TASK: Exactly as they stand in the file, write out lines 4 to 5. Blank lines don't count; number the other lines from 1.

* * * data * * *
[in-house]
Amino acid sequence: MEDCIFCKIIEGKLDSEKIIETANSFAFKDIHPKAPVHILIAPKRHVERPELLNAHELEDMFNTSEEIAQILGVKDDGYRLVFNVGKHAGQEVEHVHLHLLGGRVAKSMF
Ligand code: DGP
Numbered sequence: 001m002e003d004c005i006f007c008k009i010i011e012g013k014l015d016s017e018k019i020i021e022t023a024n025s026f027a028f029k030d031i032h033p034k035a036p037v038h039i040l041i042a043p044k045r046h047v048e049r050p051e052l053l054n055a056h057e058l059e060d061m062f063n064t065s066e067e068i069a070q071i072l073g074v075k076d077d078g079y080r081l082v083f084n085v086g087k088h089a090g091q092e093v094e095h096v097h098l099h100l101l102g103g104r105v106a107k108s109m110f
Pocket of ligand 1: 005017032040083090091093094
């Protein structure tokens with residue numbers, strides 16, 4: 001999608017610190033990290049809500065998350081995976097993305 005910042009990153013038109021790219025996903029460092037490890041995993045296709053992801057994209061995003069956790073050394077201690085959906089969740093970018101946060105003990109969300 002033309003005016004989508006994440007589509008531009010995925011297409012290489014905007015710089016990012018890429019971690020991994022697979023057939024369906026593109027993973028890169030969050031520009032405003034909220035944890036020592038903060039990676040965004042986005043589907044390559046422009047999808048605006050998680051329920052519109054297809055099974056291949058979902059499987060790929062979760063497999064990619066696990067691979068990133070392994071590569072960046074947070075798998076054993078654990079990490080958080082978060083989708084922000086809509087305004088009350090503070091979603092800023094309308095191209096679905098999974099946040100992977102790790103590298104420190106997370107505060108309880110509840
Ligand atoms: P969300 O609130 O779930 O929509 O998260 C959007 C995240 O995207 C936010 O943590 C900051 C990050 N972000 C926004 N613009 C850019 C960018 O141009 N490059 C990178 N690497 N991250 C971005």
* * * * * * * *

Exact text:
Numbered sequence: 001m002e003d004c005i006f007c008k009i010i011e012g013k014l015d016s017e018k019i020i021e022t023a024n025s026f027a028f029k030d031i032h033p034k035a036p037v038h039i040l041i042a043p044k045r046h047v048e049r050p051e052l053l054n055a056h057e058l059e060d061m062f063n064t065s066e067e068i069a070q071i072l073g074v075k076d077d078g079y080r081l082v083f084n085v086g087k088h089a090g091q092e093v094e095h096v097h098l099h100l101l102g103g104r105v106a107k108s109m110f
Pocket of ligand 1: 005017032040083090091093094